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Smooth, elegant, great finesse ... are words that spring to mind at the first tasting. It opens on definite hints of dark chocolate, coffee, red fruit, moving on fast to a thoroughly rounded mouth which emphasizes the finesse and elegance of the tannins, with a long powerful and velvety finish. The 2011 is a mouthwatering wine, full of flavour, lifted by the well balanced acidity and freshness so characteristic of the wines coming from the Daumas Gassac terroir.
Vinous 93/ 100
"The 2011 Rouge is one of the more extroverted wines in this range. Succulent dark cherry, plum, mocha, licorice and rose petal all meld together in the glass. Curvy and generous, the 2018 offers tons of immediacy to match its exotic, totally beguiling personality. It is at the beginning of a long drinking window." - Antonio Galloni
Jancis Robinson 17/ 20
"71.6% Cabernet Sauvignon, 5.6% Merlot, 5% Cabernet Franc, 2.8% Tannat, 1.6% Malbec, 2.6% Pinot Noir, 10.8% rare varieties. TA 3.44 g/l (sulphuric), pH 3.654. Smoky and more expressive than the 2012, with a chicory sort of character. Dry, tight, a little bit of fur to the tannin and lots of dense, dark liquorice and blackcurrant on the finish. Condensed fruit persisting to the finish.” - Jancis Robinson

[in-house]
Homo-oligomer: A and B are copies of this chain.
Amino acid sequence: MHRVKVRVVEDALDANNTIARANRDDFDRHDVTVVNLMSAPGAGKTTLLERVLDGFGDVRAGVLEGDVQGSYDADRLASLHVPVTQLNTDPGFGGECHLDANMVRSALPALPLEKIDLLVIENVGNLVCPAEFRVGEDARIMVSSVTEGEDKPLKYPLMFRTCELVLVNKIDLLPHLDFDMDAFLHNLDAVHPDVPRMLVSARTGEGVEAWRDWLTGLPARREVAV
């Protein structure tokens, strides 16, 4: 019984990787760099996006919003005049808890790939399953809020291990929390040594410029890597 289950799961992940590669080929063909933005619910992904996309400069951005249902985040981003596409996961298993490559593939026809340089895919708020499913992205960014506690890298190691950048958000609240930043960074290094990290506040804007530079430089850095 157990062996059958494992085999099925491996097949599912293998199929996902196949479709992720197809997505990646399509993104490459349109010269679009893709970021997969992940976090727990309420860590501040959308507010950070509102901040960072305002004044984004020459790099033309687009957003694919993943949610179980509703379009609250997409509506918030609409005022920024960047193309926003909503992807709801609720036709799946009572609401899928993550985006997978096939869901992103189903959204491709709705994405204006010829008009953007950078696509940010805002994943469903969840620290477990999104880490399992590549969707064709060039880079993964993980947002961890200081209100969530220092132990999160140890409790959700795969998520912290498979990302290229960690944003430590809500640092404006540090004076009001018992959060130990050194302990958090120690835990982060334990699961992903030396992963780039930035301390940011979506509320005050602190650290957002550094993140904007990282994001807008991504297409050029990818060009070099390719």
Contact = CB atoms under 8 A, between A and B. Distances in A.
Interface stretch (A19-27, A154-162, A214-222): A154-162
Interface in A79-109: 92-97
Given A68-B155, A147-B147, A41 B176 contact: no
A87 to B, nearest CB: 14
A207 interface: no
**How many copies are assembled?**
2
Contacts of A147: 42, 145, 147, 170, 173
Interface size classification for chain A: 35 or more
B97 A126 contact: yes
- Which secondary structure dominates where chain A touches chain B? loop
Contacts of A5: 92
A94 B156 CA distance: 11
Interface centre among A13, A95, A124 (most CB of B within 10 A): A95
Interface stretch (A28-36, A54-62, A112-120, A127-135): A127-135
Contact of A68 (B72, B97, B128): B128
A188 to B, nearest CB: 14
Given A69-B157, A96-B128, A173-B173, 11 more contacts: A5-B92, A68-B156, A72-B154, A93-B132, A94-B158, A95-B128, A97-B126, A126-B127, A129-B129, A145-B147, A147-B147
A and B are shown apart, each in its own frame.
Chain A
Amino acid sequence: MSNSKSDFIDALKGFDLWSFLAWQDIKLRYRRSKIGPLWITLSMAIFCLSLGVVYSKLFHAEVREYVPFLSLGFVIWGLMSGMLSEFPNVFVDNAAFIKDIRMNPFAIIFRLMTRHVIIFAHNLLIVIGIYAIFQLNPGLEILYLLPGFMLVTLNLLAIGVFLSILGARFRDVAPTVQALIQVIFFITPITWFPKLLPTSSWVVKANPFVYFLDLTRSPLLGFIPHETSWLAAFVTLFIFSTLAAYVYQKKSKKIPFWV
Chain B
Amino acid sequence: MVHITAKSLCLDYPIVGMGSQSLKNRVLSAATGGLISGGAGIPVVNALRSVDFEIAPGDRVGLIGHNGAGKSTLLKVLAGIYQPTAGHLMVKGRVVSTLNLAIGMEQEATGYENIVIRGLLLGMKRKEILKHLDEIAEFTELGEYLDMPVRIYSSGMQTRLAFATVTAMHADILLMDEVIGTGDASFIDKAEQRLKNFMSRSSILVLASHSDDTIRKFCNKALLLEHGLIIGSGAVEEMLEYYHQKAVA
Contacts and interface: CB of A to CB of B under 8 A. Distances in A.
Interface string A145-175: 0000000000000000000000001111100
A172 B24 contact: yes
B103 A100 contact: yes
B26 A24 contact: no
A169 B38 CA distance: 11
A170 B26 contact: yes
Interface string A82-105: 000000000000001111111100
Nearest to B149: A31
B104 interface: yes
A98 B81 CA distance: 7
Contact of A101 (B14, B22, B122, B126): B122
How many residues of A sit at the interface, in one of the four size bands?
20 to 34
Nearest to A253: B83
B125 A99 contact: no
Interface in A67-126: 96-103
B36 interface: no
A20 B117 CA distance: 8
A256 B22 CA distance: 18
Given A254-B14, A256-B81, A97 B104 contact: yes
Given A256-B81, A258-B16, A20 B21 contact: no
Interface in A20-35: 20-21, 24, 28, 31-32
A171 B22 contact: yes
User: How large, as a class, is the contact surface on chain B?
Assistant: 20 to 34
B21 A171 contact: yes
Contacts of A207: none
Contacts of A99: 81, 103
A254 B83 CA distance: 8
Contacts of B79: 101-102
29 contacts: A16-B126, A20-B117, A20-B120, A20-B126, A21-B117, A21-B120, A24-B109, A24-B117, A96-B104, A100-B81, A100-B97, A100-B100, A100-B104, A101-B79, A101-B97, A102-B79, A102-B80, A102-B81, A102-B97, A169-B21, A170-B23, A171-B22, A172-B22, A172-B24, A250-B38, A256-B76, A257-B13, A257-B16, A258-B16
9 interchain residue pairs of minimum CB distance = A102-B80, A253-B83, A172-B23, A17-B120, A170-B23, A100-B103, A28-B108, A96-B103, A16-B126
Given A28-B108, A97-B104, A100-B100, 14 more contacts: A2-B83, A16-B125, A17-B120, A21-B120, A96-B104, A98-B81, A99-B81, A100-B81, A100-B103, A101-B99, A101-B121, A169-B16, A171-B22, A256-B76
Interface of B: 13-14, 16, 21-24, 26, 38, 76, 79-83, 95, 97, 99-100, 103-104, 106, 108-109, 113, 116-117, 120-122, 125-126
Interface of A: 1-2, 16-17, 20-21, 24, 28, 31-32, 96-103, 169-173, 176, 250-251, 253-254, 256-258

The historic Mas de Daumas Gassac was founded in 1974 by Aimé & Véronique Guibert. While the couple were keen on planting crops, they weren’t certain which crops would thrive until a soil scientist from the University of Bordeaux tested the glacial limestone soils (akin to those in the Cote d’Or) and convinced them to plant grapes. Today, winemaker Samuel Guibert and his four brothers each manage different aspects of the family business.
The valley, which benefits from the nearby sea and mountains, is dotted with a patchwork of small, forest-enclosed parcels that span over 40 different grape varieties. This rare and diverse assortment, dominated by Cabernet Sauvignon, make up the unique Gassac blends, often referred to as the Grand Crus of the Midi (South of France).
Organic farming, slow and cool wild yeast fermentations, low sulfur additions, and 12-15 months of barrel aging, are all intentional steps in producing red and white wines that have a vibrancy and approachability in their youth but can more than stand the test of time. In fact, they are well worth the wait!
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